[TIP] Docstrings in Test methods

Mike Pirnat mpirnat at gmail.com
Sat Nov 5 07:20:18 PDT 2011

On Sat, Nov 5, 2011 at 9:07 AM, Alfredo Deza <alfredodeza at gmail.com> wrote:
> But this would be for failing tests you say? This is what I would see
> in Python2.6
> and unittest 1.63
> $ python test_foo.py
> F
> ======================================================================
> FAIL: when foo uses bar as a connection it should be True when successful
> ----------------------------------------------------------------------
> Traceback (most recent call last):
>  File "test_foo.py", line 7, in test_foo_should_be_true
>    assert False
> AssertionError
> ----------------------------------------------------------------------
> Ran 1 test in 0.000s
> The test method *does* appear. Is this *not* the case in your code base?

In a trivial case, this would be okay.  We have ~1M LoC, ~10k files,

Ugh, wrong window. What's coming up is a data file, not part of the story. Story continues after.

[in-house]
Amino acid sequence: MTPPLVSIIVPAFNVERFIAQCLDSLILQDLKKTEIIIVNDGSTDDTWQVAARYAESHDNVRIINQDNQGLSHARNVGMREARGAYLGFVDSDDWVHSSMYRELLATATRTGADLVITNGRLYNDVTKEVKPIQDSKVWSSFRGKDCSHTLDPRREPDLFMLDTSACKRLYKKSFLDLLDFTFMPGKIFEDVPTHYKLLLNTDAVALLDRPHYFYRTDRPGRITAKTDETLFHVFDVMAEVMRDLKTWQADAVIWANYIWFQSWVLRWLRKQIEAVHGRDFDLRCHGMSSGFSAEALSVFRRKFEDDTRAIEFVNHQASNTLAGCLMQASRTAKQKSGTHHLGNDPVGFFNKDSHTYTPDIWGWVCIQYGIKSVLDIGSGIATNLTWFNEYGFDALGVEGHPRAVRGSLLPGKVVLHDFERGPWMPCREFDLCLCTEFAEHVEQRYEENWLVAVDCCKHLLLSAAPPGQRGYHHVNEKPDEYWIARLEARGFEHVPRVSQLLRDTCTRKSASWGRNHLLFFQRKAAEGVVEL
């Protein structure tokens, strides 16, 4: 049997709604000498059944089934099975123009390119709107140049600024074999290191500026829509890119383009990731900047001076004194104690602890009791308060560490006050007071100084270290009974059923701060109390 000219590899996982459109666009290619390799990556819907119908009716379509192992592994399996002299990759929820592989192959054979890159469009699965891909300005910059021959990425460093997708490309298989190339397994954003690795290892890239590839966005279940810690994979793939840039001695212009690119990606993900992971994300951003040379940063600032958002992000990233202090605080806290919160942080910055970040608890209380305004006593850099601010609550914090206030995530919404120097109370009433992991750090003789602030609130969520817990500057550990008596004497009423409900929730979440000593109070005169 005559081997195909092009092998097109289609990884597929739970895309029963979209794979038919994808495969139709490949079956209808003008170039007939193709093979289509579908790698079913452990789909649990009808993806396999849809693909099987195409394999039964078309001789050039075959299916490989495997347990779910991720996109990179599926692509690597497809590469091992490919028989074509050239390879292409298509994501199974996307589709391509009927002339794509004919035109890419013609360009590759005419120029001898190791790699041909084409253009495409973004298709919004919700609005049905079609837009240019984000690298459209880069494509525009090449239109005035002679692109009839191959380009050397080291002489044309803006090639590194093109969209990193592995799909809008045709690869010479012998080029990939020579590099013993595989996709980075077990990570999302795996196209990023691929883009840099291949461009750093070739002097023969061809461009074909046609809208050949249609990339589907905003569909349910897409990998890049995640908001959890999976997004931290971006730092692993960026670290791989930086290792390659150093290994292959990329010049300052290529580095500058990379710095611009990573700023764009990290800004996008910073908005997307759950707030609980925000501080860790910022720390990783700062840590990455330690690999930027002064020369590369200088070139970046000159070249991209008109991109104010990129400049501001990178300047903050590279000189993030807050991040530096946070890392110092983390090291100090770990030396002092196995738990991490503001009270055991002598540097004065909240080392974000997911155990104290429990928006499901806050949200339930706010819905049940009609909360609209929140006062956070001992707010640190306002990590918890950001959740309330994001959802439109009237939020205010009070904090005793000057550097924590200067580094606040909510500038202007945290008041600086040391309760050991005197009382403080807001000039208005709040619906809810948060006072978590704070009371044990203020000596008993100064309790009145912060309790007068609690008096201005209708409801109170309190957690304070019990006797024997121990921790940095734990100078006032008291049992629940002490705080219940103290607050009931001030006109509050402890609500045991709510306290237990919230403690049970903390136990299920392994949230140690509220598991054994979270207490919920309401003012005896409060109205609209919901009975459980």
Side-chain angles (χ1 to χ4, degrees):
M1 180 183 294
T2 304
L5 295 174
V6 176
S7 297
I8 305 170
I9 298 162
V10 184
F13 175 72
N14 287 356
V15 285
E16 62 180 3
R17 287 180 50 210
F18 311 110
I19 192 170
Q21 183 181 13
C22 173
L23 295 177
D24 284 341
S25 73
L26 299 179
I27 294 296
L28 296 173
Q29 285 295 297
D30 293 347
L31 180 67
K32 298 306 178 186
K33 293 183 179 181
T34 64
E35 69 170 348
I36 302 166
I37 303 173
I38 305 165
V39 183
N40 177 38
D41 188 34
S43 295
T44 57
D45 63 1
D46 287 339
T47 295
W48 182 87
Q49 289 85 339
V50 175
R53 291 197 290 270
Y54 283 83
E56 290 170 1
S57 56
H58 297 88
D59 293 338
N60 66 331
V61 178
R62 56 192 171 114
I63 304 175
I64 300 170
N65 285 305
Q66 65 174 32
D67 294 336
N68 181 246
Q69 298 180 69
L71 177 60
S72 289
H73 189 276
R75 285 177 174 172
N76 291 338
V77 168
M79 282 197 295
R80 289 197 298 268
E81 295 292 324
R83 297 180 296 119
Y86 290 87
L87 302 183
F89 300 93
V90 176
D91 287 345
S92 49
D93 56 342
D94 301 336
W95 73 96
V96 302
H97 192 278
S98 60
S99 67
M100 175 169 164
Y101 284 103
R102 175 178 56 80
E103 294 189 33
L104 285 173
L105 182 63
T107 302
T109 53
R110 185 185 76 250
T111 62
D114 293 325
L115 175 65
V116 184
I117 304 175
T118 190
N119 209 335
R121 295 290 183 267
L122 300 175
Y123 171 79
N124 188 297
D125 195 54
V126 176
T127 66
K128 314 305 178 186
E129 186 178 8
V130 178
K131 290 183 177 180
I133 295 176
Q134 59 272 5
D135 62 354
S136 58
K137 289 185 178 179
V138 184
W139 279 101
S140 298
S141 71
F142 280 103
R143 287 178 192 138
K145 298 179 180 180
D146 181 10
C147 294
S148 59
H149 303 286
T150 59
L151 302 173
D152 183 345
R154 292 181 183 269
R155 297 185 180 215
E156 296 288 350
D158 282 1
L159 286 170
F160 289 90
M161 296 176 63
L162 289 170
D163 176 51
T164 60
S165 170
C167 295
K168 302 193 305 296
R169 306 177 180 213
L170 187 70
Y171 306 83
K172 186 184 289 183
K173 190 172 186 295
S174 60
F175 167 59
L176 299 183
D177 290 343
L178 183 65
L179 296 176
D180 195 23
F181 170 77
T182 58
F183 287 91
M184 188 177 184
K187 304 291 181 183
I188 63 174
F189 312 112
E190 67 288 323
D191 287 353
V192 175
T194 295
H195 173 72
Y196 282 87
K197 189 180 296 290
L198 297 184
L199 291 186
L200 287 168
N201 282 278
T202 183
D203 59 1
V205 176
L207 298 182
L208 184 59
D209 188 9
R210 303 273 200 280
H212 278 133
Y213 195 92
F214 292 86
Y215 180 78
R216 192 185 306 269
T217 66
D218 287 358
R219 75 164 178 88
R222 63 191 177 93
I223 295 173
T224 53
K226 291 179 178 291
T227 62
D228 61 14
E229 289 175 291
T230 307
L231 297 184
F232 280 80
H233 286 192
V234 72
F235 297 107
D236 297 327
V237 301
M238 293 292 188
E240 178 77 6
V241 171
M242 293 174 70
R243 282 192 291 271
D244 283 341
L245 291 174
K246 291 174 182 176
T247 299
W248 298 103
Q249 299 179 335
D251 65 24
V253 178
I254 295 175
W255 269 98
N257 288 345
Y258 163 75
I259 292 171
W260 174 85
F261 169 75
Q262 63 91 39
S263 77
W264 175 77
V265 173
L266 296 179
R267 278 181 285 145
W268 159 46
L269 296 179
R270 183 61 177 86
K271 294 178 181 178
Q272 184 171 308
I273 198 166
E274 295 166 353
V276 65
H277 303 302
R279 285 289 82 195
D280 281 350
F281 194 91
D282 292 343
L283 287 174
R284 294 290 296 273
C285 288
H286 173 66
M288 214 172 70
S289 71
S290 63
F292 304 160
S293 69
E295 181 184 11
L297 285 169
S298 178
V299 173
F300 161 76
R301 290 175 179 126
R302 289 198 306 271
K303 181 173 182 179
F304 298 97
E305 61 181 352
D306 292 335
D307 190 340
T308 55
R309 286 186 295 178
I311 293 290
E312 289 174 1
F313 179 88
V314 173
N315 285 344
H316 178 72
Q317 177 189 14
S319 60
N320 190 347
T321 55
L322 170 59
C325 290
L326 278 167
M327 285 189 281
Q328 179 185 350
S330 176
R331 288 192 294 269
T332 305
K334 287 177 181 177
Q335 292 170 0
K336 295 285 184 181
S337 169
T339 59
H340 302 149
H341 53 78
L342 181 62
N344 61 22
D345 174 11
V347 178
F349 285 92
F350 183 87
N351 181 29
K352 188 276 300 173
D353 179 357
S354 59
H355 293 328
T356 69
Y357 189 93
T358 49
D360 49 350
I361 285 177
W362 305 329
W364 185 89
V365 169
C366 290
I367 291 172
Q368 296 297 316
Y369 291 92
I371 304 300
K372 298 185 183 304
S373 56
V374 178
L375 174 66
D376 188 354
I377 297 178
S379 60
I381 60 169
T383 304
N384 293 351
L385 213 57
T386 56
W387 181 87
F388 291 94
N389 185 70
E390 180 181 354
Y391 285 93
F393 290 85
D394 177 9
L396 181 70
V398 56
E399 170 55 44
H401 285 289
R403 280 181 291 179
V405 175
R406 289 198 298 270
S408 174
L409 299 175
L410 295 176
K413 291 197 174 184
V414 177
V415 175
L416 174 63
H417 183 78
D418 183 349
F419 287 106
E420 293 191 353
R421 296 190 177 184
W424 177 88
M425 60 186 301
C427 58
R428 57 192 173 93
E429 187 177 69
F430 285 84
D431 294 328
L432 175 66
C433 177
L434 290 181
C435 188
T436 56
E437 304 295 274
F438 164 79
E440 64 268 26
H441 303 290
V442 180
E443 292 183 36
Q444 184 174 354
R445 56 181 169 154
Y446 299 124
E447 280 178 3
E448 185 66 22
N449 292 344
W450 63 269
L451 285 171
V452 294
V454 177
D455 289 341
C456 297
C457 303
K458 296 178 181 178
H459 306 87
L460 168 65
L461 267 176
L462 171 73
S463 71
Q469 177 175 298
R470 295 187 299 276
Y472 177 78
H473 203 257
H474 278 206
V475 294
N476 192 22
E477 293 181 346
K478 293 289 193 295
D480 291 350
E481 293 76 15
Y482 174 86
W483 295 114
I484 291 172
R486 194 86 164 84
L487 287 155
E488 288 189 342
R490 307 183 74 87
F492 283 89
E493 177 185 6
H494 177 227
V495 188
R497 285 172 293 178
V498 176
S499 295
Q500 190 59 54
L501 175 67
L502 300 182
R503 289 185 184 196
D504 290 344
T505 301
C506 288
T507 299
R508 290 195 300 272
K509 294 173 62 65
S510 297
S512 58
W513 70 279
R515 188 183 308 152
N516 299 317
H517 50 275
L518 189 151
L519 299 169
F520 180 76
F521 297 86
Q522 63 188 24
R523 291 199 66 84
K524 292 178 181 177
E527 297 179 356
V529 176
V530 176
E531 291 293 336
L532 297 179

and a stack trace that's usually ~10 lines or more, and the people who
write docstrings for tests tend not to be that succinct, so you end up
with (essentially) garbage in the "FAIL" or "ERROR" line, and then you
get to go sifting through the stack trace to see exactly which test is

I really prefer to see:

FAIL: package.subpackage.tests.test_module.TestClass.test_which_failed

Instead of:

FAIL: Test obscure frobulator that no one has ever heard of; lengthy
discussion about the state of modern frobulation blah blah blah this
is why we can't have nice things

The former lets me quickly see where in the codebase the failing test
is, and if I want to learn more about the test it's just a quick "vim
<troublemaker>" away.  Though I often just want to redirect blame to
the appropriate place. ;-)

I find that awkward test method names are a sign that I need to
rethink what I'm trying to express in the test.

Mike Pirnat
mpirnat at gmail.com

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